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From the Desk of Jack Healy

Massachusetts Manufacturing Ranks #1 in State GDP, But Hold the Applause

Jack Healy – The voice of manufacturing in Massachusetts
Jack Healy –
The Voice of Manufacturing in Massachusetts

By Jack Healy, Director of Operations, MassMEP [email protected]

The global economic reality of the past decade has forced the Massachusetts manufacturing community to focus on cost containment and Continuous Improvement. The good news is that this has helped the Massachusetts manufacturing sector to rank #1 in contribution to state GDP, up from #5 in 2002. But hold the applause for now.




Manufacturing Sees Extraordinary Gains
This unheralded achievement has been largely ignored by those who continue to believe that manufacturing has left the state, or who believe that what remains of manufacturing is of no consequence to our economy. Such perception is not surprising after decades of media coverage about the loss of manufacturing jobs and the outsourcing of production. To many, it probably seems impossible that the manufacturing sector has returned to a position of such importance for the state’s economy.

How did manufacturers manage to expand output despite a substantially smaller workforce? 

As noted by Professor Barry Bluestone in the Northeastern University Staying Power II study of the Massachusetts manufacturing sector, "The answer lies in the extra ordinary gains in this sector’s productivity. Between 1997 and 2007, productivity in the total private sector (as measured by GDP per Worker) increased at an average rate of 2.3% — a quite respectable increase in efficiency. But the state’s manufacturing sector experienced a remarkable 9.7% of growth in productivity. In the most recent period between 2007-2011, annual productivity slipped a bit to a still respectable 8.7%. For the private sector as a whole, it was just 1.7%."

This achievement and the health of the overall manufacturing community has improved with unprecedented speed over the last 10 years. Manufacturers big and small have established individual Continuous Improvement programs which, in the aggregate, have contributed to the industry’s stellar performance.

Typical among such firms is the Housatonic Curtain Company, located in the quaint town of Housatonic Massachusetts. They continue making and buying as many of their textile products in the US as they possibly can. We are fortunate for Housatonic’s commitment. With its two factories, one in Connecticut and one in Massachusetts, they continue to design, develop, and manufacture their products in the US. And the bucolic town of Housatonic would certainly be poorer without the millions of dollars in payroll that the firm brings to it.

Textile Manufacturing Thrives
Thom Swift, President of Housatonic Curtains, has led the firm for 18 years. When he started, it was a plain vanilla manufacturer with 25 to 30 fabrications; they now produce over 400 items.  Thom has faced many of the same challenges seen by other manufacturers over the past decade – increased product offerings in the face of decreased average customer order size, a necessary step to meet more diffused consumer demand.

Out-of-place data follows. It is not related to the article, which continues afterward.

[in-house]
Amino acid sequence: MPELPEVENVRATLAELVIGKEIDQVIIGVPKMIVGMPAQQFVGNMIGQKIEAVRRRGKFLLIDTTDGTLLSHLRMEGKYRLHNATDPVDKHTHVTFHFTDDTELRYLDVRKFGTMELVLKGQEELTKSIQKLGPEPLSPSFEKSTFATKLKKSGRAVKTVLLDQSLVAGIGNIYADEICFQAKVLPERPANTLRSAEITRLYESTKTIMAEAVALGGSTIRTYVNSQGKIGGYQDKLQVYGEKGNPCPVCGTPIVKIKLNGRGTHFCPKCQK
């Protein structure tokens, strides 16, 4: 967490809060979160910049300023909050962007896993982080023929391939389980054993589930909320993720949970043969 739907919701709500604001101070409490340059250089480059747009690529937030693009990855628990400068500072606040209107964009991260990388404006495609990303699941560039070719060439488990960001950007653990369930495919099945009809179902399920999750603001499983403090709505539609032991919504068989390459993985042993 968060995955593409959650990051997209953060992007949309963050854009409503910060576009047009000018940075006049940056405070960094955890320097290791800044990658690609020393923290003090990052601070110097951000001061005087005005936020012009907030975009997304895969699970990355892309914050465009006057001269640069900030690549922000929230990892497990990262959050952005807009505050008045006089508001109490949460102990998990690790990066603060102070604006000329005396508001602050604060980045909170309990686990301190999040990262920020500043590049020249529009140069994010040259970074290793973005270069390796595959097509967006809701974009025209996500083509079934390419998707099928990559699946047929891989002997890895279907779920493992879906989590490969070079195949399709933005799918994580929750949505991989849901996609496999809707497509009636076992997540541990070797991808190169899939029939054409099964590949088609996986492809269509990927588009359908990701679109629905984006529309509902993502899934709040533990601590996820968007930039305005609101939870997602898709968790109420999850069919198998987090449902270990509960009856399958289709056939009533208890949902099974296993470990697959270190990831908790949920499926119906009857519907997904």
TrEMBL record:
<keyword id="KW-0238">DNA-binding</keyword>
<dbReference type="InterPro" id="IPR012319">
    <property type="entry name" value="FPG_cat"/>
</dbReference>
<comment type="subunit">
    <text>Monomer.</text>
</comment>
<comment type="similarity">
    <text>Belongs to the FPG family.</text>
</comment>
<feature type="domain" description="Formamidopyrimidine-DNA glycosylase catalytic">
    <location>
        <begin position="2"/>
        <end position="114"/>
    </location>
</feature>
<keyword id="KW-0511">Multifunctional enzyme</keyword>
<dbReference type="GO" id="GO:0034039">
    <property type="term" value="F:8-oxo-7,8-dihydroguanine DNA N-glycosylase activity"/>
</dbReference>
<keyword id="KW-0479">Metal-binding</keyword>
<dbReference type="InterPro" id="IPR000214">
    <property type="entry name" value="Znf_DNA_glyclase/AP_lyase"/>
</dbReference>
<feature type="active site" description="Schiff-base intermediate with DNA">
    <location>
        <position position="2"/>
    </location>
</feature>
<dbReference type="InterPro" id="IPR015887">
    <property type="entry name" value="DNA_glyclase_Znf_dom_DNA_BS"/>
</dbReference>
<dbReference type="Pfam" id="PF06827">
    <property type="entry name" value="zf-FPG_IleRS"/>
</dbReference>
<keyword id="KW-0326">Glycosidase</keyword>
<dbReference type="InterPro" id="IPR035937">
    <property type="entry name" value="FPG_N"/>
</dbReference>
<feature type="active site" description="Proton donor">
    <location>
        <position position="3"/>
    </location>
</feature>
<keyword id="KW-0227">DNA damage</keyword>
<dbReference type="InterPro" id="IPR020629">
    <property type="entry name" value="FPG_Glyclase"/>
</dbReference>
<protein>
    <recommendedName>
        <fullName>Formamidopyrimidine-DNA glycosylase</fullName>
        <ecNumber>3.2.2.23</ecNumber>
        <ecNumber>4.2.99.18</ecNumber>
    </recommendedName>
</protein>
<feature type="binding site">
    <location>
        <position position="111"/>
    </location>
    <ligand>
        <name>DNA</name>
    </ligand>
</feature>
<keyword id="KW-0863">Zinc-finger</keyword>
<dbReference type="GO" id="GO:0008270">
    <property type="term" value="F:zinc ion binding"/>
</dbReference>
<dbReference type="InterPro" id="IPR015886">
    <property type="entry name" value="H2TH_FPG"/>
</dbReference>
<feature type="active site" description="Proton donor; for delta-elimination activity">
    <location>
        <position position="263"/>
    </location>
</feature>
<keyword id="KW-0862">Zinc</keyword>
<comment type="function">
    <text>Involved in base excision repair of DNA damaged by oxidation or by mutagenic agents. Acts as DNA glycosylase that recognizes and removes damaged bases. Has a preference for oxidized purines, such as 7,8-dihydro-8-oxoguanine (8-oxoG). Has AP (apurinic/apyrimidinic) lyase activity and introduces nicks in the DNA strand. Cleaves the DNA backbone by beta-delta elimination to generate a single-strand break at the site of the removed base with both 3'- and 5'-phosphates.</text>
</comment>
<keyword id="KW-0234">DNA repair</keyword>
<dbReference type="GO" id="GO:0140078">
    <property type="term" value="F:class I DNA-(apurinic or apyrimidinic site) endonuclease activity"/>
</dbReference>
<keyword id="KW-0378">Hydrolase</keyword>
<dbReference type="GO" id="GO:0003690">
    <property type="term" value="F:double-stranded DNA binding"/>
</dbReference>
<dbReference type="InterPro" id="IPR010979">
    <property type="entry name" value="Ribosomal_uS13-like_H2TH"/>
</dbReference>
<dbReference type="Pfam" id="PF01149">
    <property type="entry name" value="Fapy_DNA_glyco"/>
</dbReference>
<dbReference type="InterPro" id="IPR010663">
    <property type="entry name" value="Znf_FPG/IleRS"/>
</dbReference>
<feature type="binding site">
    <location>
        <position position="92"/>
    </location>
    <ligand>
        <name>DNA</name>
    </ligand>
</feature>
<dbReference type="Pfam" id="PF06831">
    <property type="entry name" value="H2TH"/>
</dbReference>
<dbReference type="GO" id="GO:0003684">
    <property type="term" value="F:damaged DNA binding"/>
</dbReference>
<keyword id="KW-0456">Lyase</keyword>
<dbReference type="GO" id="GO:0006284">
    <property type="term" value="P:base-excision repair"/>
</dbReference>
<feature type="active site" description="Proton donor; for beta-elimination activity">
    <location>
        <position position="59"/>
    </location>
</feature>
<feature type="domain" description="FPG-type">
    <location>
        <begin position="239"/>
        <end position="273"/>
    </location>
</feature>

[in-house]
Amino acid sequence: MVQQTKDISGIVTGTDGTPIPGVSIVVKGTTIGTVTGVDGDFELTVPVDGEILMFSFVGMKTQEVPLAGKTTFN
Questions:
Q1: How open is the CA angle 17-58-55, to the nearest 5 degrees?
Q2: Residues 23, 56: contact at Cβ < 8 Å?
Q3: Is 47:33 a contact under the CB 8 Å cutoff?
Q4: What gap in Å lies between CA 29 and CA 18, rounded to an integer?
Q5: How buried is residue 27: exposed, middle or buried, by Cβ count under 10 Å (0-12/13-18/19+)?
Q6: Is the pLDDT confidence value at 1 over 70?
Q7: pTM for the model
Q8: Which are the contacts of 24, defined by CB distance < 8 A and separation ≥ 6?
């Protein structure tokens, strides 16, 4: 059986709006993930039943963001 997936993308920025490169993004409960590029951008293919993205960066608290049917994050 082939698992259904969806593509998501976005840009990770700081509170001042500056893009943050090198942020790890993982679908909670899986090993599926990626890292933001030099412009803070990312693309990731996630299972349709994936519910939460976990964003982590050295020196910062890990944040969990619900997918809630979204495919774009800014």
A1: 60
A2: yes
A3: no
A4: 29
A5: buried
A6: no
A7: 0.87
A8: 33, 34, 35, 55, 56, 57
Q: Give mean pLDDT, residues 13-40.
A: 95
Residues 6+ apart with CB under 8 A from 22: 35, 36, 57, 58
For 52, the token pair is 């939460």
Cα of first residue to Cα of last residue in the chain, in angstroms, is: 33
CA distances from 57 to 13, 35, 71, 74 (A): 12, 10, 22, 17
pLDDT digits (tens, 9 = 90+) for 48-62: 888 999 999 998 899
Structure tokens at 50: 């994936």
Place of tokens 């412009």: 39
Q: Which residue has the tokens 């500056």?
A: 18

Anyone who has been in manufacturing for the ast 10 years can easily relate to this transition, which has affected the entire manufacturing sector.  Everyone in manufacturing needs to work harder than they did 10 years ago, in exchange for smaller returns. Manufacturing to meet changing customer demands, coupled with an era of continually rising costs —  from healthcare to energy – has been a challenge that has not all companies were able to meet.

Thom Swift’s continuous improvement plan for Housatonic, attested to in this letter to the editor, focuses on employee training, Lean manufacturing tools, and utilization of the state’s workforce training grant program. US manufacturing in the textile industry is especially difficult. The company faces an extended offshore supply chain and must figure out how to not drown in inventory while supporting a complex manufacturing environment that has moved from approximately 800 stock keeping units to over 3,500. Thom has managed in this volatile environment and has handled a succession of changes evolving from today’s highly competitive marketplace. 

Massachusetts is fortunate to have such small manufacturing enterprise leaders as Thom Swift, who know that Continuous Improvement is a journey and not a destination, and who are willing to take continually improve productivity in their respective enterprises.

So please, hold the applause for manufacturing’s achievement of a number one ranking in the state’s economy. Manufacturing, as whole, is still on its continuous improvement journey and has a long way to go.

Letter to the Editor:
How Country Curtains Stays with Domestic Manufacturing

By Thom Swift, President, Housatonic Curtain Company


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